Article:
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論文

論文
Takei, Yutaka ; Inaba, Hideo ; Yachida, Takahiro ; Enami, Miki ; Goto, Yoshikazu ; Ohta, Keisuke
出版情報: Resuscitation.  81  pp.1492-1498,  2010-11-01.  Elsevier
URL: http://hdl.handle.net/2297/30223
概要: Review: The interval between collapse and emergency call influences the prognosis of out-of-hospital cardiac arrest (OHCA). To reduce the interval, it is essential to identify the causes of delay. Methods: Basal data were collected prospectively by fire departments from 3746 OHCAs witnessed or recognised by citizens and in which resuscitation was attempted by emergency medical technicians (EMTs) between 1 April 2003 and 31 March 2008. EMTs identified the reasons for call delay by interview. Results: The delay, defined as an interval exceeding 2 min (median value), was less frequent in the urban region, public places and for witnessed OHCAs. Delay was more frequent in care facilities and for elderly patients and OHCAs with longer response times. Multiple logistic regression analysis indicated that urban regions, care facilities and arrest witnesses are independent factors associated with delay. The ratio of correctable causes (human factors) was high at care facilities and at home, compared with other places. Calling others was a major reason for delay in all places. Performing cardiopulmonary resuscitation (CPR) and other treatments was another major reason at care facilities. Large delay, defined as an interval exceeding 5 min (upper-quartile value), was an independent factor associated with a low 1-year survival rate. Conclusion: The incidence of correctable causes of delay is high in the community. Correction of emergency call manuals in care facilities and public relation efforts to facilitate an early emergency call may be necessary. Basic life support (BLS) education should be modified to minimise delays related to making an emergency call. © 2010 Elsevier Ireland Ltd. 続きを見る
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論文
Takei, Yutaka ; Enami, Miki ; Yachida, Takahiro ; Ohta, Keisuke ; Inaba, Hideo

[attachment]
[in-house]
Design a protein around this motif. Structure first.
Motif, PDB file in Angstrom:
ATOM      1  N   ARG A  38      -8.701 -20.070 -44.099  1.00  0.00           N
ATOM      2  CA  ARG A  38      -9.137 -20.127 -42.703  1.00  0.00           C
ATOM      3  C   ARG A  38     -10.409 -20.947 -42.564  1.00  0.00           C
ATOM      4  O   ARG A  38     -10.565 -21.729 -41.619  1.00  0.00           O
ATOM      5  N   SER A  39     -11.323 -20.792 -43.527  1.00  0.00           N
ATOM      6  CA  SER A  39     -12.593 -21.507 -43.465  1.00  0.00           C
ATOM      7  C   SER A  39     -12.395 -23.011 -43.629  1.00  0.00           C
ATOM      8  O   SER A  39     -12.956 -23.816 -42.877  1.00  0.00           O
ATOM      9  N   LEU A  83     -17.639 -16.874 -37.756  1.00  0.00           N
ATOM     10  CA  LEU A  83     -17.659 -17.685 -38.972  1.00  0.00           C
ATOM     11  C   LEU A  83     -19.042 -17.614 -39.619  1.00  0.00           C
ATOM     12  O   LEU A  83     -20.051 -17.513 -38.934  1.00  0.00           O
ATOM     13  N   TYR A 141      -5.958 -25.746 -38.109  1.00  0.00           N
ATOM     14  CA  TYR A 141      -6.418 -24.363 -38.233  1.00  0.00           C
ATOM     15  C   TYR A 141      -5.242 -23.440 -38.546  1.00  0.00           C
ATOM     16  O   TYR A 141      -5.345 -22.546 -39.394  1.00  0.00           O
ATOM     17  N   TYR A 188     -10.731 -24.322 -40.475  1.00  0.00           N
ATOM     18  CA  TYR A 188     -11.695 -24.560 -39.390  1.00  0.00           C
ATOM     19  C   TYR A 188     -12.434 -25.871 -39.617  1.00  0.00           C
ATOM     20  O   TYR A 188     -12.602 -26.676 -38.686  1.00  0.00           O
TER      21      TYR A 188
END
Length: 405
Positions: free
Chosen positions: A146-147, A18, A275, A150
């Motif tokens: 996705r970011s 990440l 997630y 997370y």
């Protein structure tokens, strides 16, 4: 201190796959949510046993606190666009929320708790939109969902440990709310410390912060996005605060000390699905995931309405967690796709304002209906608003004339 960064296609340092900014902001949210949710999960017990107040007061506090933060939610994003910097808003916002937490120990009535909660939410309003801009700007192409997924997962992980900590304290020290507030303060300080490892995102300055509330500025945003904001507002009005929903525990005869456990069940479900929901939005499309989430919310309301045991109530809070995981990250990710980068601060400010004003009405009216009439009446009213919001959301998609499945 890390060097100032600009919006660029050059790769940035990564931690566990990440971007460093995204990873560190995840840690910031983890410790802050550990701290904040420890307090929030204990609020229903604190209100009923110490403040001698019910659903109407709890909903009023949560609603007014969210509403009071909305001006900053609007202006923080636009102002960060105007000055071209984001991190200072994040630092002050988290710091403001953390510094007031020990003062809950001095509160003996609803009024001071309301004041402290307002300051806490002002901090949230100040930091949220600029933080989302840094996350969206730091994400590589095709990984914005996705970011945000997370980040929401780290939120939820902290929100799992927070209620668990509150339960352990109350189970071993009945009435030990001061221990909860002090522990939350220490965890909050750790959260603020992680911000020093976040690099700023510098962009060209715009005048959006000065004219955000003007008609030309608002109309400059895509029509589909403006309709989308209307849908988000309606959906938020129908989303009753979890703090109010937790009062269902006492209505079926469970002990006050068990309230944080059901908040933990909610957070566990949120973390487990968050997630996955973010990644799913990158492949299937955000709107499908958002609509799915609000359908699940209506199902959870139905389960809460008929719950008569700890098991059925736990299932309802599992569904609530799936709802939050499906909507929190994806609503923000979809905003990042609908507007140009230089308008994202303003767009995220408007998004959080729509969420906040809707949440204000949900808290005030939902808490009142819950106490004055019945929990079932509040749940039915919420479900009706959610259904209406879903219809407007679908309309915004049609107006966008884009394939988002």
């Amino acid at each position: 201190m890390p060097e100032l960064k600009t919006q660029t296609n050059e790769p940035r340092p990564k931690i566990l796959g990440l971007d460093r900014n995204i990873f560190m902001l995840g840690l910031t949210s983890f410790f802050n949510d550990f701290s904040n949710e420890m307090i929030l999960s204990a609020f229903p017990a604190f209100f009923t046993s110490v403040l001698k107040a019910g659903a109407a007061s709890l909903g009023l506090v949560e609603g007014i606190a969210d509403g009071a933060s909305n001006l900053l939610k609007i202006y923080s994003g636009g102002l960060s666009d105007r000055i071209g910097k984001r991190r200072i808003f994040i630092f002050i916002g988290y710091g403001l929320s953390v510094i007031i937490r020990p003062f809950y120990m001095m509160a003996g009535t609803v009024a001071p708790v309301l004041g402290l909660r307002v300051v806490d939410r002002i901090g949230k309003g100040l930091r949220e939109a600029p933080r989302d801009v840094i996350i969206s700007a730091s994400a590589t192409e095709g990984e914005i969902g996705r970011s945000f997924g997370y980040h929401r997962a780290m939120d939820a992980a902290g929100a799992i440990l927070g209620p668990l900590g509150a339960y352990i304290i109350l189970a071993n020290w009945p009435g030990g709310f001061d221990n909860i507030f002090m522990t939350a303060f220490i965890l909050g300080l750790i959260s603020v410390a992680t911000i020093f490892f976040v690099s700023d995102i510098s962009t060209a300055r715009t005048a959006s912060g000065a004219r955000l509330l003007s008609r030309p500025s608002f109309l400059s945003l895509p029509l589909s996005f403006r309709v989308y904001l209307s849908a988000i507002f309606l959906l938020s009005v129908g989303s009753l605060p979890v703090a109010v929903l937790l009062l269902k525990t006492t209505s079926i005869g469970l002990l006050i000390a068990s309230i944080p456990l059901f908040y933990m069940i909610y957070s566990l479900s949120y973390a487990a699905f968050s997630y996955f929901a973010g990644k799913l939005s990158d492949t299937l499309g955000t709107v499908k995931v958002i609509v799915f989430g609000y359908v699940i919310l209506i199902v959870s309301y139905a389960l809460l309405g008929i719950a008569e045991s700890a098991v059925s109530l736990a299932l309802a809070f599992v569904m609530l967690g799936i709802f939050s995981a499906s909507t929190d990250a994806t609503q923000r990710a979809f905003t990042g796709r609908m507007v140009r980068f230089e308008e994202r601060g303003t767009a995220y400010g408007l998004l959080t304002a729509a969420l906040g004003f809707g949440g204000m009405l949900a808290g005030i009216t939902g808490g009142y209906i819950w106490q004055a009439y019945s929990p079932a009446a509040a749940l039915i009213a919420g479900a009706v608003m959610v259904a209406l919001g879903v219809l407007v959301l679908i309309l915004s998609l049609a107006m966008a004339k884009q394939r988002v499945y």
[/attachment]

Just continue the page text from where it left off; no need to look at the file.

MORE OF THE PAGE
出版情報: Journal of Anesthesia.  24  pp.715-726,  2010-10-01.  日本麻酔学会 = Japan Society of Anesthesiology / Springer Verlag (Germany)
URL: http://hdl.handle.net/2297/30224
概要: PURPOSE: It is not clear whether advanced airway management (AAM) with an endotracheal tube (ET) by paramedics may improve the outcome of out-of-hospital cardiac arrest (OHCA) compared with the use of a bag-valve-mask device (BVMD) and other AAM devices. METHODS: We analyzed 2,586 adult cases of OHCA without administration of adrenaline, witnessed or recognized by citizens in subjects transported to hospital by paramedics between 1 July 2004 and 31 March 2008 in Ishikawa, Japan, to determine whether AAM with an ET used under limited indication criteria may improve the outcome of OHCA. RESULTS: The airway was managed with an ET in 263 cases, other AAM devices in 660 cases, and a BVMD in 1,539 cases. The AAM failed or was discontinued in 124 cases, which were excluded from the analysis. The incidence of sustained return of spontaneous circulation (ROSC) was significantly higher in cases of AAM with an ET (30%) than in AAM with other devices (20.2%) and in the standard procedure with a BVMD (21.3%). The AAM with an ET did not significantly affect 1-year survival. Multiple regression analysis indicated that tracheal intubation (odds ratio = 1.503, 95% confidence interval 1.081-2078), but not patient management by paramedics qualified for ET use, was an independent factor associated with sustained ROSC. CONCLUSION: When subjects with difficult airway are excluded, tracheal intubation according to the limited indication criteria and well-organized protocol in Japan may improve the short-term outcome of OHCA of noncardiac origin. A large prospective study is needed to determine the general effects of tracheal intubation on the long-term outcome of OHCA with disturbed ventilation. 続きを見る
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論文